Developing new solutions to power human capability augmentation

From spy gadgets to the bionic eye, we are using engineering and technology to augment human capability. While these technologies and concepts mature, how to power them – ideally in an unobtrusive way – needs new solutions.

The dream way to help power everything is to take everyday motion, motion like rain drops falling, a person running or a heart beating, and convert it to electricity. These processes are called mechanical-to-electrical energy harvesters and can be easily produced from particular polymers. These energy harvesters have been held back from wide-scale use by the tremendous amounts of energy needed to produce them, more than they can harvest during their lifetime.

What we show

Whenever you touch your hand on a Van der Graaff generator, your hair straightens out and stands on end. The same thing happens with polymer chains when we pass electricity through them.

Girl touching Van der Graaf generator with hair spiked up due to electrical charge
Biswarup Ganguly, CC BY 3.0, via Wikimedia Commons

The problem here is we need a huge about of electricity to make the chains straight. Chemical Engineers from the University of Melbourne have found a way to make the polymer chains straighten or ‘crystallize’ without needing electricity. Using nanoscopic rigid sheets called ‘MXenes’ they have shown that polymer molecules can be aligned using chemistry rather than giant electric fields. Similar to how a metal sticks to a magnet, the polymer chains will straighten to stick to our MXene sheets. Since these MXenes are left mixed in with the polymers, the molecules don’t move over time, so the polymers stay straight forever.

The unique rigid sheet structure of the MXenes also means they can be processed easily, aligning as they're pushed out of a 3D printer nozzle, or settling parallel to each other during traditional film casting techniques.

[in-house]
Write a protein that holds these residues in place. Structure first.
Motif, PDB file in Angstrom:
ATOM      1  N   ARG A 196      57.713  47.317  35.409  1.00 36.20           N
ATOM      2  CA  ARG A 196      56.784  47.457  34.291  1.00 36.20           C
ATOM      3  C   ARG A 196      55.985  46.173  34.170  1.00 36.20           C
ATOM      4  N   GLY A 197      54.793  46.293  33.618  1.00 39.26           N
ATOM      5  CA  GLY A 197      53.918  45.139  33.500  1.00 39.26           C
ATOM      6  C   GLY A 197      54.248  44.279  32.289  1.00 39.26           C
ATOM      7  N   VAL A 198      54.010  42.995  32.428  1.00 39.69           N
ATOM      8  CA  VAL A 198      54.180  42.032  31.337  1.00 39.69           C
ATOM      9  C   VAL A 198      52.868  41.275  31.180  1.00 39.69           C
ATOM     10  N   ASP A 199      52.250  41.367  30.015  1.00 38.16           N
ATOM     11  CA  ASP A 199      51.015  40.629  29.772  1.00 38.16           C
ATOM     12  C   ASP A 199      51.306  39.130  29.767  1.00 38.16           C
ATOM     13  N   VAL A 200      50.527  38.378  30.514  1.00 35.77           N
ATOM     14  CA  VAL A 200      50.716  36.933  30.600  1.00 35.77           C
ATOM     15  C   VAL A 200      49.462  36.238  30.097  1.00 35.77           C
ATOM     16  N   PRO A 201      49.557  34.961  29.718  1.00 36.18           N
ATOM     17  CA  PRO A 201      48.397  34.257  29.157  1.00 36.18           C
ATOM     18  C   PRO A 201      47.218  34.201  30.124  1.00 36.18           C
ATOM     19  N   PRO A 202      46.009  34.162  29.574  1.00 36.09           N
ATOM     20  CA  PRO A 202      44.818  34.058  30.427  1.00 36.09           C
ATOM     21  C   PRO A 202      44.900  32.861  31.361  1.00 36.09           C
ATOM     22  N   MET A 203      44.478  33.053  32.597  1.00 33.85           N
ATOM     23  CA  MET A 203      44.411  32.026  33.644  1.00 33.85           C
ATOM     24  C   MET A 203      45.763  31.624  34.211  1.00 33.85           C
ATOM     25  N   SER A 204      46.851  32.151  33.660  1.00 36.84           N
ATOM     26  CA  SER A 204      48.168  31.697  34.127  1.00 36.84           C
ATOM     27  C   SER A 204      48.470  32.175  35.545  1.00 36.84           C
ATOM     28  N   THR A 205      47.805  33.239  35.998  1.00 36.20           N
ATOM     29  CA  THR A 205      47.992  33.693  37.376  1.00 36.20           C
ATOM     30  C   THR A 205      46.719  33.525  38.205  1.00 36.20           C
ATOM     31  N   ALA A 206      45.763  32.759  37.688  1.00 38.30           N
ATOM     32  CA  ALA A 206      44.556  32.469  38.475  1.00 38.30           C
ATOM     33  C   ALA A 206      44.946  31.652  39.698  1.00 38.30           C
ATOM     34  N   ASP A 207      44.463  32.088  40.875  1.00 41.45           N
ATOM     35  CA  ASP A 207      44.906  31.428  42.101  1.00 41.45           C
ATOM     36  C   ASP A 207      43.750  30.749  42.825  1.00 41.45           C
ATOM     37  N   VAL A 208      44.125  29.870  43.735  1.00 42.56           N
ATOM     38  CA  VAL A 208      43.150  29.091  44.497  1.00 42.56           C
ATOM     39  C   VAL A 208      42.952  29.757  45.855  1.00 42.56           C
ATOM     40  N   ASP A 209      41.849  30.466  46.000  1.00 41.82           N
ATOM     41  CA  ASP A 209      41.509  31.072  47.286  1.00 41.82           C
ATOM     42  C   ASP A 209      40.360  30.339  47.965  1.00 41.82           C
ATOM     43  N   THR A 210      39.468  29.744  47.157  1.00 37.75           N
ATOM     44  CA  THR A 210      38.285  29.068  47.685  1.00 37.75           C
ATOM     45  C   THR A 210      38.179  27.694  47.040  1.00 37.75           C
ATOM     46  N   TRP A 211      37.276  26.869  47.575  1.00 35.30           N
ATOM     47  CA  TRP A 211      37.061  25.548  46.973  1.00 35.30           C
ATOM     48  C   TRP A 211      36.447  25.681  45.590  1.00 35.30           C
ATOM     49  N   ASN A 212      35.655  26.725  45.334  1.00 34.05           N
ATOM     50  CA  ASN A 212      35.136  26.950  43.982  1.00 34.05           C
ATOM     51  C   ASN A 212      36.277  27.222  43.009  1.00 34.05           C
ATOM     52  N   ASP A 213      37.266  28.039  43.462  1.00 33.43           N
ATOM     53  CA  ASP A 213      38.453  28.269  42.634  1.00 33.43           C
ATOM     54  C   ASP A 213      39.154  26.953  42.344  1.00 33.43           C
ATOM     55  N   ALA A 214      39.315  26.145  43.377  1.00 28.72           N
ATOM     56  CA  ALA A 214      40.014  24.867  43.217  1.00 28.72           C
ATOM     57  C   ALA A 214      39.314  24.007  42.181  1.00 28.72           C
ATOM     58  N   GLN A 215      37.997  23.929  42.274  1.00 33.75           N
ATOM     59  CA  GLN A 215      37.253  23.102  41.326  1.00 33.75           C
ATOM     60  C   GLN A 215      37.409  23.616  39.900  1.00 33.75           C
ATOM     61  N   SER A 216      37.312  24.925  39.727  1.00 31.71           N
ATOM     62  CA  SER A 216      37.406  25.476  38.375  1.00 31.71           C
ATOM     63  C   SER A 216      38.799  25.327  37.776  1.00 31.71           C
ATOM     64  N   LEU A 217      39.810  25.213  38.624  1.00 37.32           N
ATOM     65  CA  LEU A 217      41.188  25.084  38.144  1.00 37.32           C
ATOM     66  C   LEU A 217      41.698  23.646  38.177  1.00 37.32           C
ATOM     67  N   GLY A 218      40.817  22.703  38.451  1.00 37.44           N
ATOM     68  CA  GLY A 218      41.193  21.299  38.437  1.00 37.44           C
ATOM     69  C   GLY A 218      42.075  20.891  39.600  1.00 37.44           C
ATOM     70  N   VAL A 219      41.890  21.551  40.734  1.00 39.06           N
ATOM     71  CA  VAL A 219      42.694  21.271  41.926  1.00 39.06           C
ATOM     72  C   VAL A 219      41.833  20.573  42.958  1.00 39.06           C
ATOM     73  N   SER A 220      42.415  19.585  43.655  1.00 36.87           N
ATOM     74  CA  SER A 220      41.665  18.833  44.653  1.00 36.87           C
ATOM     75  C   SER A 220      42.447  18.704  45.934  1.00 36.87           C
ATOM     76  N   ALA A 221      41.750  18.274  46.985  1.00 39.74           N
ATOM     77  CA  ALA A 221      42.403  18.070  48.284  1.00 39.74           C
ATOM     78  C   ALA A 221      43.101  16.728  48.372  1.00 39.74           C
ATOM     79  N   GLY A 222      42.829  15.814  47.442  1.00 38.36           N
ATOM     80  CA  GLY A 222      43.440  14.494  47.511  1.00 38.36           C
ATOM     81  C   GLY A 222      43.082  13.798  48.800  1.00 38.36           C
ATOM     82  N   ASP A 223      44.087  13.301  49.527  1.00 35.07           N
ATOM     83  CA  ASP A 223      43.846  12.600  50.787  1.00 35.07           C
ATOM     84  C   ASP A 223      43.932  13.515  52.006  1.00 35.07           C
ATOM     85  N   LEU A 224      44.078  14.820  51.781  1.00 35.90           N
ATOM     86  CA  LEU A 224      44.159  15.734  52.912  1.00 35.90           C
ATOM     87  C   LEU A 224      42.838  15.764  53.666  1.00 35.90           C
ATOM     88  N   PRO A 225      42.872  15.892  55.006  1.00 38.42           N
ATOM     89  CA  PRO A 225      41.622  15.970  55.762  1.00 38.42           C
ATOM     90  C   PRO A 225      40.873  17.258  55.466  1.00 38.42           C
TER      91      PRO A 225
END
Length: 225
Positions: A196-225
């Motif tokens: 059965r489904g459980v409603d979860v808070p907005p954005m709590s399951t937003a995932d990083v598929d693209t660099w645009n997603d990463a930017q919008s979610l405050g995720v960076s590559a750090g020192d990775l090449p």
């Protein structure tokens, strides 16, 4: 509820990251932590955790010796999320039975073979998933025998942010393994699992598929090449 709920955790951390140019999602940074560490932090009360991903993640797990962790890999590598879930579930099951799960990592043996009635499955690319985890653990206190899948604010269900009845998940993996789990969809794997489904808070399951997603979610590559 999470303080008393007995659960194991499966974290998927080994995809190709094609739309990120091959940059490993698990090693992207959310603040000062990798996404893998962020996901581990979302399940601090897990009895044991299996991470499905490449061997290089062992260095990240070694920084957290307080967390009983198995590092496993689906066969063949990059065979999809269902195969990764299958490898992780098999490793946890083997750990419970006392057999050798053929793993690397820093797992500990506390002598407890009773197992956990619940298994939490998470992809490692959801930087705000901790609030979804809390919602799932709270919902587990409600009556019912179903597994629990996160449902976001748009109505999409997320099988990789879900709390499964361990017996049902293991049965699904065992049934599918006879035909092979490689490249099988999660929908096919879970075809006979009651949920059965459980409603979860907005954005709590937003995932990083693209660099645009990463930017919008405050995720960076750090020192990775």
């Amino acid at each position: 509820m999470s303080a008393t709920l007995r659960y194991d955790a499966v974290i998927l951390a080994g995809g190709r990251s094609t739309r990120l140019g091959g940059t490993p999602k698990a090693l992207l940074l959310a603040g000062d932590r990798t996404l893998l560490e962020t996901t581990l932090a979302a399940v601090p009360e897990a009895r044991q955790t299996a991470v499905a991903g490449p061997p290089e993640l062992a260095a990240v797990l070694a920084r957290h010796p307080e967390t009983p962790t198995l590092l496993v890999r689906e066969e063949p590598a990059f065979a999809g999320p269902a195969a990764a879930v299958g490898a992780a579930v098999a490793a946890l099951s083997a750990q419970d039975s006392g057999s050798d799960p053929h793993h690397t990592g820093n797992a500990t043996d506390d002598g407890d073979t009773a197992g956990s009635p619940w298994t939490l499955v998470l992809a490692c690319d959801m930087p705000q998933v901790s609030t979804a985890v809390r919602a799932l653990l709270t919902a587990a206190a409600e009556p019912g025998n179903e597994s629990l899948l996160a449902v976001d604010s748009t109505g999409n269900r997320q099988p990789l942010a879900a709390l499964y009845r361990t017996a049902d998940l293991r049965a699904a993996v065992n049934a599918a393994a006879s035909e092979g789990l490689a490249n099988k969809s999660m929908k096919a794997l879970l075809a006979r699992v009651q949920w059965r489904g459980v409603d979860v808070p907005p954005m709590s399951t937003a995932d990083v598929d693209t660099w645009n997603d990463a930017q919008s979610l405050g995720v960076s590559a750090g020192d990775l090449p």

This combination of straight polymers and ordered mXenes lets the researchers design polymer energy harvesters that outperform leading commercial devices (by a factor of 1.5) while being produced at a fraction of the cost (around $0.04 per square centimeter, compared to $0.28 for commercial films).


The roadblock to device integration – the huge energy cost – has been removed.

These cheap, highly efficient, polymer energy harvesters will soon find a home providing power to smart sensors in your clothing, the pacemaker in a heart, the augmented reality of google glasses, and at the joints of robotic suits – the list goes on.

This research was supported by the Australian Government through the Australian Research Council’s Linkage Projects funding scheme (LP160100071), Future Fellowships funding scheme (FT130100380), and Industry Transformation Research Hub funding scheme (IH140100018).

Read the full journal article in Nature here

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Technology and society Chemical engineering